Gazette of Saturday, Nov. 3, 1804.

The following article is an account of the loss of the schooner H.M.S. Speedy, Published in the Gazette, Saturday, November 3, 1804.

The Speedy, Capt. Paxton, left this port (York) on Sunday evening, the 7th of October last, with a moderate breeze from the north-west, for Presqu'isle, and was descried off that island on the Monday following before dark, where preparations were made for the reception of the passengers, but the wind coming round from the north-east, blew with such violence as to render it impossible for her to enter the harbour; and very shortly after she disappeared.

A large fire was then kindled on shore as a guide to the vessel during the night; but she has not since been seen or heard of; and it is with the most painful sensations we have to say, we fear is totally lost. Inquiry, we understand, has been made at almost every port of the Lake, but without effect; and no intelligence respecting the fate of this unfortunate vessel could be obtained. It is, therefore, generally concluded that she has either upset or foundered. It is also reported by respectable authority that several articles, such as the compass-box, hencoop and mast, known to have belonged to this vessel, have been picked up on the opposite side of the Lake.

The passengers on board the ill-fated Speedy, as near as we can recollect," the narrative goes on to say, "were Mr. Justice Cochrane;Robert J. D. Gray, Esq., Solicitor-General, and Member of the House of Assembly; Angus Macdonell, Esq., Advocate, Member of the House of Assembly; Mr. Jacob Herchmer, Merchant; Mr. John Stegman, Surveyor; Mr. George Cowan, Indian Interpreter; James Ruggles, Esq.;Mr. Anderson, Student in the Law; Mr. John Fisk, High Constable, all of this place.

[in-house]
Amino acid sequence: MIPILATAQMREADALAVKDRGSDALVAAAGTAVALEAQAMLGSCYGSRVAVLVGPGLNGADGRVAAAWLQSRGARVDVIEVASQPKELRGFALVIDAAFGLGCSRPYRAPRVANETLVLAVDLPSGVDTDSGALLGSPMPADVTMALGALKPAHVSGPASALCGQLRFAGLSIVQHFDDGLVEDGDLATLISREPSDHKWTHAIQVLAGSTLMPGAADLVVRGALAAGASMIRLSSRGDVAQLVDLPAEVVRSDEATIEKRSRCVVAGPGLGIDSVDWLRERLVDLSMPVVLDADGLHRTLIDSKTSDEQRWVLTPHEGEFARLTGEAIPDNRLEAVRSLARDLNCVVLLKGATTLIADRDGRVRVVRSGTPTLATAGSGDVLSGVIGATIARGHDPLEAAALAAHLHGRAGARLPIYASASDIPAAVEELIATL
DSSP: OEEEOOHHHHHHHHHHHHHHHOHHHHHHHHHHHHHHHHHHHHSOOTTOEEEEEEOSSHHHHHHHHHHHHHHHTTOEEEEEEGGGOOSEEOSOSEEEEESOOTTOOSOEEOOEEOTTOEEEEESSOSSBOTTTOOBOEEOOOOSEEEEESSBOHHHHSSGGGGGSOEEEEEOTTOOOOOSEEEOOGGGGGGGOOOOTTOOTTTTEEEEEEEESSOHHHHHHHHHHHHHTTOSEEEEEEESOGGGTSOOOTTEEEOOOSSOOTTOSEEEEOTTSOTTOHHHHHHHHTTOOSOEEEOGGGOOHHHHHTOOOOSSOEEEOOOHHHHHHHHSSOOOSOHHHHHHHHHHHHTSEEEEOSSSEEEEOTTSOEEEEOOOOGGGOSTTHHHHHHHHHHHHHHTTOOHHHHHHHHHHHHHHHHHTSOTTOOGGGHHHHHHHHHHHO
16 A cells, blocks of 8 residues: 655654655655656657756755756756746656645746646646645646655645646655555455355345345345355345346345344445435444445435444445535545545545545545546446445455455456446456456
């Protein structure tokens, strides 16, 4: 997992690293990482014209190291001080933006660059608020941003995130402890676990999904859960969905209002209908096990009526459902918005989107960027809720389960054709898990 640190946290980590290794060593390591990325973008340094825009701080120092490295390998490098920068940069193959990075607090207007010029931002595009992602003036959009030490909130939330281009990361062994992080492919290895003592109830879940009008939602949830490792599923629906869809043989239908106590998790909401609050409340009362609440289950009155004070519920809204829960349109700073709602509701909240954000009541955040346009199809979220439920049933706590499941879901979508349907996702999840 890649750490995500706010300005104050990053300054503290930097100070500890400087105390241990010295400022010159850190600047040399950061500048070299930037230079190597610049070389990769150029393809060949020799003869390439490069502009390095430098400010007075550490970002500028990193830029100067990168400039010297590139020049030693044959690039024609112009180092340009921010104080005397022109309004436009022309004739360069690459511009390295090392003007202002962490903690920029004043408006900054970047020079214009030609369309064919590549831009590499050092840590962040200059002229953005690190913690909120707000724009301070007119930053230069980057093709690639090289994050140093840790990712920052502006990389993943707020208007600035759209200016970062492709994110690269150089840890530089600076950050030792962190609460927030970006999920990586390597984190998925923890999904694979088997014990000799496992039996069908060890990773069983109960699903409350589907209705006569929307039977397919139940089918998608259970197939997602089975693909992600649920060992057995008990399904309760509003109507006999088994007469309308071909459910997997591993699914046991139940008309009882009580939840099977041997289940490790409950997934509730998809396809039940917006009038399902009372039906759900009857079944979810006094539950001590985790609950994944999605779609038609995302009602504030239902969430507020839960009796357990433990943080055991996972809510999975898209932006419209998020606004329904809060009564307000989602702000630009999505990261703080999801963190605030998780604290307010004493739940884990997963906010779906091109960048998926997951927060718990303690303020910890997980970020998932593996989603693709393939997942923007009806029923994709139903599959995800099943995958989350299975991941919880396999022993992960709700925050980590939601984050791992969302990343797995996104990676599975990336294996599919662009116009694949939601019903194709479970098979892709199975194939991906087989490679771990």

The above named gentlemen were proceeding to the District of Newcastle, in order to hold the Circuit, and for the trial of an Indian (also on board the Speedy) indicted for the murder of John Sharp, late of the Queen's Rangers.

It is also reported, but we cannot vouch for its authenticity, that exclusive of the above passengers, there were on board two other persons, one in the service of Mr. Justice Cochrane, and the other in that of the Solicitor-General; as also two children of parents whose indigent circumstances necessitated them to travel by land.

The crew of the Speedy, it is said, consisted of five seamen (three of whom have left large families) exclusive of Captain Paxton, who also had a very large family.

The total number of souls on board the Speedy is computed to be about twenty.

A more distressing and melancholy event has not occurred to this place for many years; nor does it often happen that such a number of persons of respectability are collected in the same vessel. Not less than nine widows, and we know not how many children, have to lament the loss of their husbands and fathers, who, alas, have, perhaps in the course of a few minutes, met with a watery gave. It is somewhat remarkable that this is the third or fourth accident of a similar nature within these few years, the cause of which appears worthy the attention and investigation of persons conversant in the art of ship-building."


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